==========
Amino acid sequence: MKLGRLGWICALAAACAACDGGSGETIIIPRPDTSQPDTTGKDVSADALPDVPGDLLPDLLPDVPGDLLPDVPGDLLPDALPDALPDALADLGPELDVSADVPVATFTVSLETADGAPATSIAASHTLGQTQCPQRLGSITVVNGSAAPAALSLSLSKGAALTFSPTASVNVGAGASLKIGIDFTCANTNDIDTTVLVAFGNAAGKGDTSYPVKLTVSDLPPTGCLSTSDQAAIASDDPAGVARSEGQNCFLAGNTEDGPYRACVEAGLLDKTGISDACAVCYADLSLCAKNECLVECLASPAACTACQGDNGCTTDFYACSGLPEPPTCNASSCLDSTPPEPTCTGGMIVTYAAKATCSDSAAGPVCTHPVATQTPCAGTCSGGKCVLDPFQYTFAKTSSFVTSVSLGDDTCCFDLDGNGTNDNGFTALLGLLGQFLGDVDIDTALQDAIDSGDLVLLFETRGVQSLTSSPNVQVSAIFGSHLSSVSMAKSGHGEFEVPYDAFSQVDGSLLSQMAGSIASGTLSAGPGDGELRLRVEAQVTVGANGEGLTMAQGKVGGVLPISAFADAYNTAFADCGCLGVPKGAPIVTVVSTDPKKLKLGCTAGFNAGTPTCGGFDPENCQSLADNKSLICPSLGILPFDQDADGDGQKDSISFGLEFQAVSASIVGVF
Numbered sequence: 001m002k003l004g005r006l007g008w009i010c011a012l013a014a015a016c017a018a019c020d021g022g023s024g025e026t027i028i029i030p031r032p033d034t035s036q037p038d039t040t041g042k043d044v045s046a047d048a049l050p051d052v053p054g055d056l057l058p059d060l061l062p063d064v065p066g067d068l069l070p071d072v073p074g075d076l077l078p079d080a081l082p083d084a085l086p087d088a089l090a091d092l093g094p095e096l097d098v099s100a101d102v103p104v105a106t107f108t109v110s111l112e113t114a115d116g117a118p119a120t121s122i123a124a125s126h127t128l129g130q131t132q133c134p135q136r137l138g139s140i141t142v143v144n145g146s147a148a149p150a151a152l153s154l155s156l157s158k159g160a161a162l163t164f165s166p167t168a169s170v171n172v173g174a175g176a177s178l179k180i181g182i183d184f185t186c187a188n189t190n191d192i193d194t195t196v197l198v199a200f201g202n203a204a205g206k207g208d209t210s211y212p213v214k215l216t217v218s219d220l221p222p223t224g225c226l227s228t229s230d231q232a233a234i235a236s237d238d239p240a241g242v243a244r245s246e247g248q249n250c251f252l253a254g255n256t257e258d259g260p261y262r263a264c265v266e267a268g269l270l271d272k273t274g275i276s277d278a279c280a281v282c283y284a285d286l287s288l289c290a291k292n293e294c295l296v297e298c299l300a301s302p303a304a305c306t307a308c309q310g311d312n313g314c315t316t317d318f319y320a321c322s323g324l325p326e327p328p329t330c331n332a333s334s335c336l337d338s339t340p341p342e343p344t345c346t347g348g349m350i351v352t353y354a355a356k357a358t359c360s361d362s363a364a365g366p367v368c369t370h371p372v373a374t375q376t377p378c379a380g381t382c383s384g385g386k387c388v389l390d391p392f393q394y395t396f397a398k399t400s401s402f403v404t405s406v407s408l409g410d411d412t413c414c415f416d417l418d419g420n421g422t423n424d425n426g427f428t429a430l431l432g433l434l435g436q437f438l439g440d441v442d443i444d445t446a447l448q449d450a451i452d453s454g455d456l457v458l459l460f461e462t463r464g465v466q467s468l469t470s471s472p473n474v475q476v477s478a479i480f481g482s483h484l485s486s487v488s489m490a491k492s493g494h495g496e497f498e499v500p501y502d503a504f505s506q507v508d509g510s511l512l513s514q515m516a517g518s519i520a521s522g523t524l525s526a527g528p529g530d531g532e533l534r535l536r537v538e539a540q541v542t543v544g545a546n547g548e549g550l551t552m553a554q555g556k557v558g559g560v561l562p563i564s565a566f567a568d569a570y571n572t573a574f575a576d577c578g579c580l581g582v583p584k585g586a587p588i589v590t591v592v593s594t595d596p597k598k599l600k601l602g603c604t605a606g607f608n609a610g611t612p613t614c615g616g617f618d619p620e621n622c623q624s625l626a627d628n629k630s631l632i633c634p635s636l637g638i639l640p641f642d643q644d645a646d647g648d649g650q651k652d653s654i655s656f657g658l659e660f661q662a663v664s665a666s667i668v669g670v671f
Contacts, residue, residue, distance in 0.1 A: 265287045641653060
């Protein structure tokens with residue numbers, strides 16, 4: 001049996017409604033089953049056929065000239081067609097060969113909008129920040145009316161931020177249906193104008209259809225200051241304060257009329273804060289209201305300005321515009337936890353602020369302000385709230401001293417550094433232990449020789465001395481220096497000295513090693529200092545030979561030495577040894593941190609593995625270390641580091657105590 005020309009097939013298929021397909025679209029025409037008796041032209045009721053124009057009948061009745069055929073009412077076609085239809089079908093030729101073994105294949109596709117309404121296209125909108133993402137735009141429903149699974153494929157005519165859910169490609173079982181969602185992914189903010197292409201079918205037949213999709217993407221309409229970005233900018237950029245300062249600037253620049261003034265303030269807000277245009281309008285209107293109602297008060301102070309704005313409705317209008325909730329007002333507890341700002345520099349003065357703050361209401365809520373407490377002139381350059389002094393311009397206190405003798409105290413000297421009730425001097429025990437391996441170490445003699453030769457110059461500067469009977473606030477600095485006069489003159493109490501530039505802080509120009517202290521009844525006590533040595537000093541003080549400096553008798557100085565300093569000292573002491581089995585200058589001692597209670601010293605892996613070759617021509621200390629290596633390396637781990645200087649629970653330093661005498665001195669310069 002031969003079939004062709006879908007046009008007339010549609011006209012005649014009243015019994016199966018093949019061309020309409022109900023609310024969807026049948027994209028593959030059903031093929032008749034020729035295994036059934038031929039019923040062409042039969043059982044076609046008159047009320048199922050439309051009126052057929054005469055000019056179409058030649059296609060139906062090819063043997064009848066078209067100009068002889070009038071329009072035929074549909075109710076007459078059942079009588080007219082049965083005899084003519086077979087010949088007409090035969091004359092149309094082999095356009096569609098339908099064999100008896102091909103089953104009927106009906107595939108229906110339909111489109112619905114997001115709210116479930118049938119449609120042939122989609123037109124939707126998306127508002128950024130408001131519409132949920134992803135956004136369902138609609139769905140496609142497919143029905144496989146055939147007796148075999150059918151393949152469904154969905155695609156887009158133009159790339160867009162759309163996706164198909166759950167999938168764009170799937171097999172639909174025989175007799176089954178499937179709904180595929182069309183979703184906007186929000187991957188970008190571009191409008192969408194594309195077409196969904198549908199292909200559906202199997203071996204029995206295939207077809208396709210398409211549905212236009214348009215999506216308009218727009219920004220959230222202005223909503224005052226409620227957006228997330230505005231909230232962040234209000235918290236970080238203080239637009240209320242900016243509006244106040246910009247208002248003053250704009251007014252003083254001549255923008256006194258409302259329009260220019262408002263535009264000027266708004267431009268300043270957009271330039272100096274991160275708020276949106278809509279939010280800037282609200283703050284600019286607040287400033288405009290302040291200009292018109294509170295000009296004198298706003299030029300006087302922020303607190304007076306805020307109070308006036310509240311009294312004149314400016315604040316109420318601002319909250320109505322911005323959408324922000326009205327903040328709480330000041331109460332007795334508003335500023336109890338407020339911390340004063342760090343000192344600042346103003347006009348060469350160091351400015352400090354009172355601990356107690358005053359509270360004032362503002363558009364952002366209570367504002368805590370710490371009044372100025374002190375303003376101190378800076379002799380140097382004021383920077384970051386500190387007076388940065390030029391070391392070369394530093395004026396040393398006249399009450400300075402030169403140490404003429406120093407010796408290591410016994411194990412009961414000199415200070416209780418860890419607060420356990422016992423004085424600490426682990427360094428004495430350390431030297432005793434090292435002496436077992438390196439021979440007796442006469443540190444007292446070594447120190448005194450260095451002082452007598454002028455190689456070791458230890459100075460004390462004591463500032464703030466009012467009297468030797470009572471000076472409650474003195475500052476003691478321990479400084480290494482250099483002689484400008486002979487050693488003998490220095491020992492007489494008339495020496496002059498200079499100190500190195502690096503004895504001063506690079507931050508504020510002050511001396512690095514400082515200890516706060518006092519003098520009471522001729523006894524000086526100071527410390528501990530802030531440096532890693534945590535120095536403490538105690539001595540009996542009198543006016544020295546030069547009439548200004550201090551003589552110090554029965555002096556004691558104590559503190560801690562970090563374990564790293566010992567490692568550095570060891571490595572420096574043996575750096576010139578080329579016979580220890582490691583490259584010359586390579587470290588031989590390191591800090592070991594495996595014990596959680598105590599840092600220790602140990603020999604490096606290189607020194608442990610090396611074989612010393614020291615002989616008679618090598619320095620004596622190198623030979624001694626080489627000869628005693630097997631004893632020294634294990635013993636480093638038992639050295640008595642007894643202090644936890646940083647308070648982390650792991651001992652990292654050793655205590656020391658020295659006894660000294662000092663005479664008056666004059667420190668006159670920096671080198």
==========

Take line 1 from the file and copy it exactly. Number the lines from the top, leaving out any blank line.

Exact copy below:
Amino acid sequence: MKLGRLGWICALAAACAACDGGSGETIIIPRPDTSQPDTTGKDVSADALPDVPGDLLPDLLPDVPGDLLPDVPGDLLPDALPDALPDALADLGPELDVSADVPVATFTVSLETADGAPATSIAASHTLGQTQCPQRLGSITVVNGSAAPAALSLSLSKGAALTFSPTASVNVGAGASLKIGIDFTCANTNDIDTTVLVAFGNAAGKGDTSYPVKLTVSDLPPTGCLSTSDQAAIASDDPAGVARSEGQNCFLAGNTEDGPYRACVEAGLLDKTGISDACAVCYADLSLCAKNECLVECLASPAACTACQGDNGCTTDFYACSGLPEPPTCNASSCLDSTPPEPTCTGGMIVTYAAKATCSDSAAGPVCTHPVATQTPCAGTCSGGKCVLDPFQYTFAKTSSFVTSVSLGDDTCCFDLDGNGTNDNGFTALLGLLGQFLGDVDIDTALQDAIDSGDLVLLFETRGVQSLTSSPNVQVSAIFGSHLSSVSMAKSGHGEFEVPYDAFSQVDGSLLSQMAGSIASGTLSAGPGDGELRLRVEAQVTVGANGEGLTMAQGKVGGVLPISAFADAYNTAFADCGCLGVPKGAPIVTVVSTDPKKLKLGCTAGFNAGTPTCGGFDPENCQSLADNKSLICPSLGILPFDQDADGDGQKDSISFGLEFQAVSASIVGVF